NEW DELHI - India’s space programme would be completing its 55th anniversary this year on November 21, as it was on this day in 1963, when the first Nike-Apache sounding rocket was fired from Thumba in Kerala. Though the day is a landmark in India’s space history and is considered the starting point of India’s space journey, a lot of activities in the area of space research were going on in India for over a decade before 1963.
The scientists who were working in these areas included towering figures like CV Raman, Meghnad Saha, Vikram Sarabhai and Homi Bhabha. All of these people contributed immensely to the growth of research in basic and applied sciences in India .
Back in the late 1940s, after India’s Independence and the decade that followed, institutions were coming up slowly. This included some key institutions like the Department of Atomic Energy (DAE) and the Physical Research Laboratory. Many of the senior scientists associated with the Indian space programme in its early years were working in these institutions.
These institutions are important because the they were pioneering research in the field of atomic energy and hence were behind the shaping up of India’s nuclear programme. Therefore, it can be said that India’s space programme was an upshot of the country’s nuclear programme.
In those times, there was fluidity and non-compartmentalisation of space-related areas and nuclear areas. It can also be seen by looking at the lives of Bhabha (Father of the India’s nuclear programme) and Sarabhai (Father of the India’s space programme), that they both played key roles in shaping India’s atomic and space programmes. These two programmes were interconnected in many ways. The argument that India’s space programme grew out of the country’s atomic programme stands because scientists in the Department of Atomic Energy, scientists working in atomic physics, and institutions working on atomic physics, all three came together to make sure that India’s space journey could truly take off.
All three were provided resources in terms of manpower and money. The scientific resolution tabled by the Nehru government in 1958 talked about the prospects of scientific growth in India and through this the atomic programme developed as the core while the space programme developed out of it.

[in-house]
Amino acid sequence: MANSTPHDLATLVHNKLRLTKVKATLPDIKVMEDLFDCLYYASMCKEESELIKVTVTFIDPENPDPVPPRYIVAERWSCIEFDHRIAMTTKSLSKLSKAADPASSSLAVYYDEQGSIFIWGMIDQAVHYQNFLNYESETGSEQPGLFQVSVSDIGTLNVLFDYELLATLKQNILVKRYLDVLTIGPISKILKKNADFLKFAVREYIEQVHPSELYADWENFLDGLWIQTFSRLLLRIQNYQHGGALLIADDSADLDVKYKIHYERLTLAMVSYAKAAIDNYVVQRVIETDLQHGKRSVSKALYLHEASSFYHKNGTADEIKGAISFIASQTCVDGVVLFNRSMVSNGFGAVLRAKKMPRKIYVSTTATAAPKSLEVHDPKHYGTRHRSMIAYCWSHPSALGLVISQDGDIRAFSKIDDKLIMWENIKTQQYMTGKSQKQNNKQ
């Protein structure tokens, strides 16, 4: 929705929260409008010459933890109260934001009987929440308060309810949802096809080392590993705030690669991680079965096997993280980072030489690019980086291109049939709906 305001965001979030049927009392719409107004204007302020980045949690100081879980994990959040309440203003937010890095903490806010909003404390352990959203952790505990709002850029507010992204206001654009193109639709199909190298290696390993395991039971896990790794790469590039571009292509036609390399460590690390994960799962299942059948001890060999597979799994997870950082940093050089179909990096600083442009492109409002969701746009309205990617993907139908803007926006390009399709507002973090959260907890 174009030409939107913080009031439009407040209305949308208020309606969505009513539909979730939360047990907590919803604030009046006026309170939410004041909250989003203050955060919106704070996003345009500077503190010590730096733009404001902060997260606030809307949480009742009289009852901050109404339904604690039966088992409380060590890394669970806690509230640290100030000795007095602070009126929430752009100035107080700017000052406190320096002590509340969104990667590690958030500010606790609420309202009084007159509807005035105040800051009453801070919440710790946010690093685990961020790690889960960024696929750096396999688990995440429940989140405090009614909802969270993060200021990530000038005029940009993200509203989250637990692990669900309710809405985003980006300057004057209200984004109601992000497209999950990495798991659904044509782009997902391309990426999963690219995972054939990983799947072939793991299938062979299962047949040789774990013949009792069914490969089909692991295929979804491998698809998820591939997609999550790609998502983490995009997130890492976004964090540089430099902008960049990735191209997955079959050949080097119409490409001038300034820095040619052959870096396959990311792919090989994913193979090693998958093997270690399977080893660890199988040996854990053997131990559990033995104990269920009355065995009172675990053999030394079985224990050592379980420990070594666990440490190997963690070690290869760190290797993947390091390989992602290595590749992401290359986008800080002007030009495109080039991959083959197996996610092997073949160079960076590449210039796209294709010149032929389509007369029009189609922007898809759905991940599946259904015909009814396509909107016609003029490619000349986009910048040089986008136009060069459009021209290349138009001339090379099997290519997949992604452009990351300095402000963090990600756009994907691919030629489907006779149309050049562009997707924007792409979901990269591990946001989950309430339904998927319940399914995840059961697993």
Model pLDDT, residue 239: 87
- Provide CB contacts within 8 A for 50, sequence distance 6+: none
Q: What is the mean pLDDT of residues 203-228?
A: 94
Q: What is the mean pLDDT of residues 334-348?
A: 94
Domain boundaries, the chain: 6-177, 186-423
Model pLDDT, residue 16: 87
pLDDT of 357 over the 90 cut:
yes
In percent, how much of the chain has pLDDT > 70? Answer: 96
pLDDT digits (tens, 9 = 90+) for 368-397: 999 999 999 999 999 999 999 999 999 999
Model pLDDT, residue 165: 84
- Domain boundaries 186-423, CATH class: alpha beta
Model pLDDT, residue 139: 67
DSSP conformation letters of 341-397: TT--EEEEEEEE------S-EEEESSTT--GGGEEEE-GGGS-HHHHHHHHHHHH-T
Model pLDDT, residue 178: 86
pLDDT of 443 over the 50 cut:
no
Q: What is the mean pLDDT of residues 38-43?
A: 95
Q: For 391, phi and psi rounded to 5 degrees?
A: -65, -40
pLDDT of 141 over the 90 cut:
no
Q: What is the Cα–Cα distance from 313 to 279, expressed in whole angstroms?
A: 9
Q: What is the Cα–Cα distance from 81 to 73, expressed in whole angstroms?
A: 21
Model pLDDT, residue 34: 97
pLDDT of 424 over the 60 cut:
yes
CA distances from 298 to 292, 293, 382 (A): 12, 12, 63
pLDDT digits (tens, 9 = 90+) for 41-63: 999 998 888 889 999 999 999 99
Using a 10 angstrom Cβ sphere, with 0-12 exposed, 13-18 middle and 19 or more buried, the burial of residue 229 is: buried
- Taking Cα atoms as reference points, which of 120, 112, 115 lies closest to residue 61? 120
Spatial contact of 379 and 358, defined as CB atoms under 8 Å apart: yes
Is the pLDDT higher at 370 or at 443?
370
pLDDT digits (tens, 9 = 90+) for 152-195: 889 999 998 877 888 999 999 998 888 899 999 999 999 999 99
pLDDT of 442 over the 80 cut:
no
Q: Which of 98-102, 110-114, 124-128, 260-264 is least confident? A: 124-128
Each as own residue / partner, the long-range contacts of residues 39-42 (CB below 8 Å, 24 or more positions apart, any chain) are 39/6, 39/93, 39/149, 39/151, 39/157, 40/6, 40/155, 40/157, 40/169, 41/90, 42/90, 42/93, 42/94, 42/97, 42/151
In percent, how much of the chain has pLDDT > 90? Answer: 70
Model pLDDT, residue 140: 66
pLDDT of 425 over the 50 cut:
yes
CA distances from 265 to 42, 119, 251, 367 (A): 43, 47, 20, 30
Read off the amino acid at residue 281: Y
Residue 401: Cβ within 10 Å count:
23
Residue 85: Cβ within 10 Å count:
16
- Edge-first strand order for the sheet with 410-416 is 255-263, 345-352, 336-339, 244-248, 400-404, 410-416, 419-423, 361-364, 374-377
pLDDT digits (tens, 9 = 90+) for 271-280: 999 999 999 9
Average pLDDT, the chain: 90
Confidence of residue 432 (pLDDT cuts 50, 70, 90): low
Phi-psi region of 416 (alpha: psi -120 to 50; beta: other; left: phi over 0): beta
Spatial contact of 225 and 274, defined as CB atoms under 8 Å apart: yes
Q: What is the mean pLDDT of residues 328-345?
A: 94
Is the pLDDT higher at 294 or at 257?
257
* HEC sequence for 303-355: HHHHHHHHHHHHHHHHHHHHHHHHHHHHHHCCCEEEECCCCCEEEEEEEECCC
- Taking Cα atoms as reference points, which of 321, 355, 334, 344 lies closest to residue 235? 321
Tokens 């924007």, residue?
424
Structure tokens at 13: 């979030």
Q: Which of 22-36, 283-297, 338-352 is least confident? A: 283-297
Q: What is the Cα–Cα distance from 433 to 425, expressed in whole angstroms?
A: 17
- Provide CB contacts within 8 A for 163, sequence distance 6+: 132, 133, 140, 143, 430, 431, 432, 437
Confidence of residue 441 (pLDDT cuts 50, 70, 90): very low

It took around a decade for the space programme to become self-sustained and get out of the embrace of the atomic programme, and this occurred when the Department of Space was constituted. The Government of India constituted the Space Commission and established the Department of Space (DOS) in June 1972 and brought ISRO under DOS in September 1972. The fact that compartmentalisation never happened (process was never completed) is good because space and nuclear sciences as disciplines are not entirely separate.
The other linkage between the nuclear and space programme is that institutions in the field of science came up after Independence, the most prominent of them being the Physical Research Laboratory in Ahmedabad set up by Vikram Sarabhai. This is not the only example. Other institutes like the Tata Institute of Fundamental Research, Raman Research Institute etc., too, were focused on areas related to nuclear research, atomic physics as well as atmospheric sciences, which included studies related to cosmic rays and phenomenon like equatorial electrojet, which later contributed to the Indian space programme as well.
This is because the sounding rockets, which led to the birth of the space programme, were fired primarily to study the phenomenon of equatorial electrojet. Equatorial electrojet is a stream of electrons whizzing across the sky, about 110-120 km above the Earth’s surface.
The third linkage between the two programmes was the constitution of the Indian National Committee for Space Research (INCOSPAR) in 1962, under the Nehru government. When the government under Jawaharlal Nehru decided to constitute the
Indian National Committee for Space Research (which was an autonomous body), the noteworthy thing was that this committee got constituted in the Department of Atomic Energy in February 1962. Most of the members of this committee, which included scientists like Sarabhai, MGK Menon, AP Mitra, KR Ramanathan, EV Chitnis, were already big names working in the area of atomic physics in some form or the other. INCOSPAR was a stepping stone towards the genesis of Indian space programme. There is no dearth of linkages between the two programmes.
The iconic image of Dr APJ Abdul Kalam wearing the Army uniform during Pokhran II nuclear tests in 1998 is still very much remembered by people. Although, Dr Kalam was working with DRDO during Pokhran 2, he had a glorious career as a rocket scientist at ISRO behind him. Dr Kalam’s example shows just how much the Indian nuclear programme relies on and owes to its space scientists.
*BY: Martand Jha, The author is a junior research fellow at the School of International Studies, JNU. Views are personal.*